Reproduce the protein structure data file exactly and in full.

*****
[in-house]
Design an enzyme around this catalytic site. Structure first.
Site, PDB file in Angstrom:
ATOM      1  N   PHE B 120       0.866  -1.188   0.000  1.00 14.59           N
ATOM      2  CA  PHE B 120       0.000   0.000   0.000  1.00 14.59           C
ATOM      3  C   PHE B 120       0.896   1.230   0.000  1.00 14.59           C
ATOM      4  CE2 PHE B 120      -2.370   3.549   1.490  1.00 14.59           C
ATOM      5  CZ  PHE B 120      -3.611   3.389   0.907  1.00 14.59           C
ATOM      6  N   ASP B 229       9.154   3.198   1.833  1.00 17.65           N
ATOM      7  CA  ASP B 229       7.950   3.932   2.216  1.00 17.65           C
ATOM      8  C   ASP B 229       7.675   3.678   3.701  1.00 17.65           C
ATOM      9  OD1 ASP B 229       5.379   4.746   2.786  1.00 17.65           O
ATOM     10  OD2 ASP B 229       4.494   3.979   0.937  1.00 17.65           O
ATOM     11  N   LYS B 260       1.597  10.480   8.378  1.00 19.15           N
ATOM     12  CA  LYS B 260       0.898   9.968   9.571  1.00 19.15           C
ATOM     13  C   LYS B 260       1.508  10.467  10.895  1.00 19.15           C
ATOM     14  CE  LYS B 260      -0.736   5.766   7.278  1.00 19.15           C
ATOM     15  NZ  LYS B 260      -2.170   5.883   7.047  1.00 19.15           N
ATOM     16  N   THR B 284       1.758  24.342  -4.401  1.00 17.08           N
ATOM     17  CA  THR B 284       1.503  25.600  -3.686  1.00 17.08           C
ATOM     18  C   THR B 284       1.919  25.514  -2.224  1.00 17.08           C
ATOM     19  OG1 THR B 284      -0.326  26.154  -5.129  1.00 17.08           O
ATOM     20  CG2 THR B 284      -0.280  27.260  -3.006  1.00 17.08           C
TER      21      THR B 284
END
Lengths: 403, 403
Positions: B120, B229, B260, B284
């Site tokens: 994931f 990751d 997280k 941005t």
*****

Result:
[in-house]
Design an enzyme around this catalytic site. Structure first.
Site, PDB file in Angstrom:
ATOM      1  N   PHE B 120       0.866  -1.188   0.000  1.00 14.59           N
ATOM      2  CA  PHE B 120       0.000   0.000   0.000  1.00 14.59           C
ATOM      3  C   PHE B 120       0.896   1.230   0.000  1.00 14.59           C
ATOM      4  CE2 PHE B 120      -2.370   3.549   1.490  1.00 14.59           C
ATOM      5  CZ  PHE B 120      -3.611   3.389   0.907  1.00 14.59           C
ATOM      6  N   ASP B 229       9.154   3.198   1.833  1.00 17.65           N
ATOM      7  CA  ASP B 229       7.950   3.932   2.216  1.00 17.65           C
ATOM      8  C   ASP B 229       7.675   3.678   3.701  1.00 17.65           C
ATOM      9  OD1 ASP B 229       5.379   4.746   2.786  1.00 17.65           O
ATOM     10  OD2 ASP B 229       4.494   3.979   0.937  1.00 17.65           O
ATOM     11  N   LYS B 260       1.597  10.480   8.378  1.00 19.15           N
ATOM     12  CA  LYS B 260       0.898   9.968   9.571  1.00 19.15           C
ATOM     13  C   LYS B 260       1.508  10.467  10.895  1.00 19.15           C
ATOM     14  CE  LYS B 260      -0.736   5.766   7.278  1.00 19.15           C
ATOM     15  NZ  LYS B 260      -2.170   5.883   7.047  1.00 19.15           N
ATOM     16  N   THR B 284       1.758  24.342  -4.401  1.00 17.08           N
ATOM     17  CA  THR B 284       1.503  25.600  -3.686  1.00 17.08           C
ATOM     18  C   THR B 284       1.919  25.514  -2.224  1.00 17.08           C
ATOM     19  OG1 THR B 284      -0.326  26.154  -5.129  1.00 17.08           O
ATOM     20  CG2 THR B 284      -0.280  27.260  -3.006  1.00 17.08           C
TER      21      THR B 284
END
Lengths: 403, 403
Positions: B120, B229, B260, B284
């Site tokens: 994931f 990751d 997280k 941005t």